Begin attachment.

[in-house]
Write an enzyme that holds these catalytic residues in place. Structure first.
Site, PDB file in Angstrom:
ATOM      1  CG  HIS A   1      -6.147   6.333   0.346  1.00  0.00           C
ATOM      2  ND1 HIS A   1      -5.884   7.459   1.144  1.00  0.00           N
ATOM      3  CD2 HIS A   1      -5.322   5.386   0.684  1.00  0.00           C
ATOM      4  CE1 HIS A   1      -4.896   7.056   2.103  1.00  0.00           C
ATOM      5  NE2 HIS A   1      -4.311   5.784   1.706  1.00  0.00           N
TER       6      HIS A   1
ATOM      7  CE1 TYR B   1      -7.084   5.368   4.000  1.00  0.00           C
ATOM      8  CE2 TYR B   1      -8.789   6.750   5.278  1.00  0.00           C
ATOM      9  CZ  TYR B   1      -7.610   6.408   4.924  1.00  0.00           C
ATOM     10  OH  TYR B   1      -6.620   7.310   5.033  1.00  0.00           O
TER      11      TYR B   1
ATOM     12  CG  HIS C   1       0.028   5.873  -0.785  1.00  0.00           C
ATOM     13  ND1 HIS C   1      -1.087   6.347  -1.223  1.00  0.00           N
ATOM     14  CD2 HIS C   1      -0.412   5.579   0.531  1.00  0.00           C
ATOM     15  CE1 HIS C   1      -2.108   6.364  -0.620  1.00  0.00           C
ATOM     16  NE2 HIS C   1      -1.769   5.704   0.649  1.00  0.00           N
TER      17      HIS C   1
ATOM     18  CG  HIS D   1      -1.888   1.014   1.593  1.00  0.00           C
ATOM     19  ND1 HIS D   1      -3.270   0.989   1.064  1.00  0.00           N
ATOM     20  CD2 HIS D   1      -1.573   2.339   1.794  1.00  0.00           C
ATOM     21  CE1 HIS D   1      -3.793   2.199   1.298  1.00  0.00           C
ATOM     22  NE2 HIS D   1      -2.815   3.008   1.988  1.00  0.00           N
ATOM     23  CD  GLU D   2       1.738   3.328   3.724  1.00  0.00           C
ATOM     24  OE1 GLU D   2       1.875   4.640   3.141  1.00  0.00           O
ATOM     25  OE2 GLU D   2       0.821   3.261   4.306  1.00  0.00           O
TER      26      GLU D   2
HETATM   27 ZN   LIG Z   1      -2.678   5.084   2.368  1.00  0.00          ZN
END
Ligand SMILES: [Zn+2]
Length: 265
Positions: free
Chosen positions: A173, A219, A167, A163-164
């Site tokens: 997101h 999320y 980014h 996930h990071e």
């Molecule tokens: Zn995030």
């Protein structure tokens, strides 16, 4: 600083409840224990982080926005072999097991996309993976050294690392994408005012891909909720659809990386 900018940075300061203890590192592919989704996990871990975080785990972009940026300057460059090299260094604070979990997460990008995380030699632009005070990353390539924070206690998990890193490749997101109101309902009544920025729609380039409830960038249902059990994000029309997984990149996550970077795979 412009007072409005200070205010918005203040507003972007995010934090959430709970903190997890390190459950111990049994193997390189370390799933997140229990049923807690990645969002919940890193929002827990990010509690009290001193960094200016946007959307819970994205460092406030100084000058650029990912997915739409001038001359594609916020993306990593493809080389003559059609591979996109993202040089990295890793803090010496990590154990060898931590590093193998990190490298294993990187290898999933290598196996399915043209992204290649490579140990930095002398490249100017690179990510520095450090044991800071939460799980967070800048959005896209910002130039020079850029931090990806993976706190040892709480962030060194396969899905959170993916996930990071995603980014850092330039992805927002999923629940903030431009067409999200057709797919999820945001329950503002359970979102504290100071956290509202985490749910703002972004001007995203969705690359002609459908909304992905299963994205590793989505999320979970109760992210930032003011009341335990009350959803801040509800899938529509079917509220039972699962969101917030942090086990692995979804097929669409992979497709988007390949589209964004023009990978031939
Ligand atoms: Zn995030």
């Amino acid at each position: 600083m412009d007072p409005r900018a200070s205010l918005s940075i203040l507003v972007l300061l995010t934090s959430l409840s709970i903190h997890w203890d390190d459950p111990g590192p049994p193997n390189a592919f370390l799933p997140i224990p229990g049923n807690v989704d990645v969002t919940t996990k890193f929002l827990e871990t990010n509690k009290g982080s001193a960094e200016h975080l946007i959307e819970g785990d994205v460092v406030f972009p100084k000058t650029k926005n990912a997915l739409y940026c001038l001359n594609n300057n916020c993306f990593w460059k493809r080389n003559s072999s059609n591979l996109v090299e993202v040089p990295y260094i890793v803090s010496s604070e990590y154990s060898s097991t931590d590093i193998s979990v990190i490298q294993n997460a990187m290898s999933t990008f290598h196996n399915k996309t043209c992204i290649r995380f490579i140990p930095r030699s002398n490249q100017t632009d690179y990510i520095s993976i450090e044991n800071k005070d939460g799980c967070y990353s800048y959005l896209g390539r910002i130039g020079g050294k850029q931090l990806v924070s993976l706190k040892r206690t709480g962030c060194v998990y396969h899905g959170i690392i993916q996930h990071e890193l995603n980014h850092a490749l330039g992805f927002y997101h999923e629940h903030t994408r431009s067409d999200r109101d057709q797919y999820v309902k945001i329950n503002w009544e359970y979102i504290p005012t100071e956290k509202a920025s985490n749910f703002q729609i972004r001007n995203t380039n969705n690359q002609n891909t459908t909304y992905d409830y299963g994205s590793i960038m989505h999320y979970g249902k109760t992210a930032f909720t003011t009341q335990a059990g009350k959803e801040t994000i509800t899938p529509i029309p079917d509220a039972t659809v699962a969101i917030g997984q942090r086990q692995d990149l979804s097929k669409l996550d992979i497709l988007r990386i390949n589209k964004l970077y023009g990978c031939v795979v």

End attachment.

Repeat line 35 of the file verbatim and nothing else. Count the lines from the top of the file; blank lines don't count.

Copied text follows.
Chosen positions: A173, A219, A167, A163-164